After Amir retirement, PCB makes it mandatory for stars to play domestic cricket

Mohammad Amir’s sudden decision to retire from Test cricket and concentrate on limited overs while shifting his base to the U.K. has prompted the Pakistan Cricekt Board (PCB) to make participation in domestic cricket mandatory.

It is widely believed that Amir, whose wife Narjis is a British passport holder, will be shifting his base to the U.K. and will only play T20s and ODIs for the national side.

A PCB official said that besides restructuring the domestic season, it would be made mandatory for players to appear in domestic matches to qualify for the Pakistan team.

“For example, Mohammad Amir, who has now retired from Test cricket, has to play in the domestic one-day cup and national T20 competitions to be considered for national selection,” the PCB source said.

Similarly, players who are active in Test cricket must play first class cricket matches, he said.

Restructured domestic season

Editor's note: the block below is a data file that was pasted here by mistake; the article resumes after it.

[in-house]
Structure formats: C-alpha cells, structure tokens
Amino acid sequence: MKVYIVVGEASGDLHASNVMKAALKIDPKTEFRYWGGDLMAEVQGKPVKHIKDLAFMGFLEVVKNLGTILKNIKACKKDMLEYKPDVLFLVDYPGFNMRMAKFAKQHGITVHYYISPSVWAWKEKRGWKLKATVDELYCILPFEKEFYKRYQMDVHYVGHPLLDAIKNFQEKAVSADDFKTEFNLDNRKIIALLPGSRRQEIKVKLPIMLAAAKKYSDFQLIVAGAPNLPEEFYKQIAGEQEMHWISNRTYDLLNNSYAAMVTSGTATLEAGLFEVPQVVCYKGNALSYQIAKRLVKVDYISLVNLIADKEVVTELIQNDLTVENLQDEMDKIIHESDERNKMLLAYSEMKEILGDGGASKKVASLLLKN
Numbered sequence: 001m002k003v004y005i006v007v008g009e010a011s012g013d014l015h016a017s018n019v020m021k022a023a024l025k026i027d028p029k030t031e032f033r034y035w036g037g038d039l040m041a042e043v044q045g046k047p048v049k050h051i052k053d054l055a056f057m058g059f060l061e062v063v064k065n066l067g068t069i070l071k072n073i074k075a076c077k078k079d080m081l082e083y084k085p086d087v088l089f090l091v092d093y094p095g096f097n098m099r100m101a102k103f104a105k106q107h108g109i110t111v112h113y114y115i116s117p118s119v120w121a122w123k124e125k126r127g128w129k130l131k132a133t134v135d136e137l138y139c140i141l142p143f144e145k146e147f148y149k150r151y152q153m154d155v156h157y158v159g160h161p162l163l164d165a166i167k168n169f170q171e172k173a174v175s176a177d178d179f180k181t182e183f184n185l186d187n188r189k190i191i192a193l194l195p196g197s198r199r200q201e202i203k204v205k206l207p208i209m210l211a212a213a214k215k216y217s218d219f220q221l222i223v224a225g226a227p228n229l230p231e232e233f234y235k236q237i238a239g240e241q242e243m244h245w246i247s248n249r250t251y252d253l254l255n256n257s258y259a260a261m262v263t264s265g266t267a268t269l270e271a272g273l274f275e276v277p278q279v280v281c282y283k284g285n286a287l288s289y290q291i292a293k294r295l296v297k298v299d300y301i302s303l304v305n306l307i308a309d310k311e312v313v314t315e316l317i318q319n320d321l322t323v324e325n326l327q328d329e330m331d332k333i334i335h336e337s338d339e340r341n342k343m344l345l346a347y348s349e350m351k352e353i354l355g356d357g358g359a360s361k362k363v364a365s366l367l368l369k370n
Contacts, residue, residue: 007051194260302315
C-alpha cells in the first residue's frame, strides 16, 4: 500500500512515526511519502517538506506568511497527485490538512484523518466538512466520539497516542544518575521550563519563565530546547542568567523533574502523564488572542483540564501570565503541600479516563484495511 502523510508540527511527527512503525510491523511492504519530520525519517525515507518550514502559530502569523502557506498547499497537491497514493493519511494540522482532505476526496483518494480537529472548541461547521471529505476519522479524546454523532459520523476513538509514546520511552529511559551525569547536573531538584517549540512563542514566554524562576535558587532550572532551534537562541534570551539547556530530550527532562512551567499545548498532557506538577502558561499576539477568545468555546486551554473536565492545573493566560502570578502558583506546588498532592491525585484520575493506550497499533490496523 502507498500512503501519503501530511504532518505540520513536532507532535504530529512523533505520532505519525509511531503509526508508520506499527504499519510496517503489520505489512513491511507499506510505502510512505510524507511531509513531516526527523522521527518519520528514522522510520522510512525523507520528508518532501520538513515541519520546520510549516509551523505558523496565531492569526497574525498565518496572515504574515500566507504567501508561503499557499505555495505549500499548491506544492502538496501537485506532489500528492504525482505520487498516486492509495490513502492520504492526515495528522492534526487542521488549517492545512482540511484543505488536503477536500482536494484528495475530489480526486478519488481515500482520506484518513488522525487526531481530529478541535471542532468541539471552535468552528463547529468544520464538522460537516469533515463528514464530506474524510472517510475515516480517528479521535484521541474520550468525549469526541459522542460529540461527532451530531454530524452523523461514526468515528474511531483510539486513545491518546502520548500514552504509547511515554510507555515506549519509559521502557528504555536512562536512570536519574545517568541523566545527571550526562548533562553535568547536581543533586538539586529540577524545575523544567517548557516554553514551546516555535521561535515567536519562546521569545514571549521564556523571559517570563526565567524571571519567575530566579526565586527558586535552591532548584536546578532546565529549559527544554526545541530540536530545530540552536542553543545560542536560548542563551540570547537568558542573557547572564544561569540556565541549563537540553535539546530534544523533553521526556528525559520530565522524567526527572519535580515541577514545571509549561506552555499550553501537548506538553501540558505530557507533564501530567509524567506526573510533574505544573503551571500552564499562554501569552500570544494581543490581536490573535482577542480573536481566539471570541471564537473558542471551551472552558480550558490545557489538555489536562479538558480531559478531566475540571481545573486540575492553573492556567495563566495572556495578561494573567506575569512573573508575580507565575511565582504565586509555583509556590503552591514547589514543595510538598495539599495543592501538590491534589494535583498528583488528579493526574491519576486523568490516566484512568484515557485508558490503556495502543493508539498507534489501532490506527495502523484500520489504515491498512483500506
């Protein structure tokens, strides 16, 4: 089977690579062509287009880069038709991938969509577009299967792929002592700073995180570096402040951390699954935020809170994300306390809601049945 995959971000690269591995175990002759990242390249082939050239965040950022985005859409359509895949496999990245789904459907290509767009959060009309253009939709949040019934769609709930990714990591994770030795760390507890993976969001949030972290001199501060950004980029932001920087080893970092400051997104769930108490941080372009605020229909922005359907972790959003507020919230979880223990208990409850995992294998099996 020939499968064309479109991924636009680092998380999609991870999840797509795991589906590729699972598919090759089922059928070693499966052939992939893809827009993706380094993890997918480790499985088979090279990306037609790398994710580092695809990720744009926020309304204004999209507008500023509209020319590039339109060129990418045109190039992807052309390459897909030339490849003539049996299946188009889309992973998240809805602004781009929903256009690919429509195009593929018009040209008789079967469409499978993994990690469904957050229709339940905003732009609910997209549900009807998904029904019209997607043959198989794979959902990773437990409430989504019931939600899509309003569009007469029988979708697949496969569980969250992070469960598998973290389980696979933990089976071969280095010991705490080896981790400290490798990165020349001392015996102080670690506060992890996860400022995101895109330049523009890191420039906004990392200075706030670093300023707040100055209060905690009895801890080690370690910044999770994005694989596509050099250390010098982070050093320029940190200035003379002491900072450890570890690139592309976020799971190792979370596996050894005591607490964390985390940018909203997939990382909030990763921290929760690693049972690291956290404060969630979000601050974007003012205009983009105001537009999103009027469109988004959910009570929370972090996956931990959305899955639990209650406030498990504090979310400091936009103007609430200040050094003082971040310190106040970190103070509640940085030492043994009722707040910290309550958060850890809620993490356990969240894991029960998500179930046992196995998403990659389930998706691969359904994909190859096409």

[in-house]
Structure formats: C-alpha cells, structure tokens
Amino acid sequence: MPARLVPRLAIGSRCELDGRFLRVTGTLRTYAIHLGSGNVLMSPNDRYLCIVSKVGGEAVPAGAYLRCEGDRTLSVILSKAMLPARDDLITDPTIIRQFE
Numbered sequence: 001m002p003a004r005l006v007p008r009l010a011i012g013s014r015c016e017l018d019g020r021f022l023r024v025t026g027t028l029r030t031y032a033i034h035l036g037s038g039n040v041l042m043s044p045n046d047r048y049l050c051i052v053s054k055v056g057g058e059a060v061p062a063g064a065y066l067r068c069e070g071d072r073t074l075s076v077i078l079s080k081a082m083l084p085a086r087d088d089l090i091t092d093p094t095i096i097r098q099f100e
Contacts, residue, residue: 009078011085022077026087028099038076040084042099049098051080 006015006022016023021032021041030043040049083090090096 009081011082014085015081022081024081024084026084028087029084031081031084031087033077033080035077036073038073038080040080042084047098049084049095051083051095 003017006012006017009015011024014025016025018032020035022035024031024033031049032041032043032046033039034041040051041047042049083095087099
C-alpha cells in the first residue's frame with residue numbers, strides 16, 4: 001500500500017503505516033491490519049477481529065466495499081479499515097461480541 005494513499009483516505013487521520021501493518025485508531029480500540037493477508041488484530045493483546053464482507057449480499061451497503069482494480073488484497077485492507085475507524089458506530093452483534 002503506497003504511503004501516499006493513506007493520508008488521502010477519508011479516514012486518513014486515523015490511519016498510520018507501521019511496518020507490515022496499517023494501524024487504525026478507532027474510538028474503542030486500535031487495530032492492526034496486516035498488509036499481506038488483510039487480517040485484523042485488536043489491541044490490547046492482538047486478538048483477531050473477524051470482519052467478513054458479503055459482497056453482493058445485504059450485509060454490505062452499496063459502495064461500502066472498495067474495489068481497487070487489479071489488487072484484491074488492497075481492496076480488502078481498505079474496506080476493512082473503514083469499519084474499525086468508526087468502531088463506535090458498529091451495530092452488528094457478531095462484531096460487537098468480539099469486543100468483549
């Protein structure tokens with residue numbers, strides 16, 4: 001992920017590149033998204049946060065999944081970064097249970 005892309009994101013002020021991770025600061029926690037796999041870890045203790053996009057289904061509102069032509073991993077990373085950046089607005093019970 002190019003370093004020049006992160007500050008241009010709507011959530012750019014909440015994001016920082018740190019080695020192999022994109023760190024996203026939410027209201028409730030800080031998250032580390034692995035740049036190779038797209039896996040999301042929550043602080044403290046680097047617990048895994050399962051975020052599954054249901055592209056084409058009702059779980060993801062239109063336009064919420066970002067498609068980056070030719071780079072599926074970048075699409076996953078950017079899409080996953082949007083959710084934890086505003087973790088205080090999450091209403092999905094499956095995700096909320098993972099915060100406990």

The PCB, on the directives of Prime Minister Imran Khan, has decided to revamp its domestic structure, with the first class competition now being limited to just six provincial teams. 16 regional teams will compete in the three-day division two tournament, besides the national one-day cup and T20 competitions.

The official said that the revised domestic structure was still being finalized as to implement it the board had to first make amendments in its constitution. But he said the condition for players to play in domestic cricket was mandatory and wouldn’t be changed.

As per plans, the Pakistan board will initially offer domestic contracts to 34 players selected from a provincial side, as they have decided to end the participation of institutional sides in the first class competition.

Departments and banks have been part of the Quaid-e-Azam Trophy, Pakistan’s premier domestic tournament, since the 1970s, and there is a fear that once their teams are not allowed to play in domestic matches their employed players will be rendered jobless.

The board is still sticking to its policy of allowing its centrally contracted players to appear in only two T20 foreign leagues, but they are also giving permission on a case-to-case basis.


Leave a Reply

Your email address will not be published. Required fields are marked *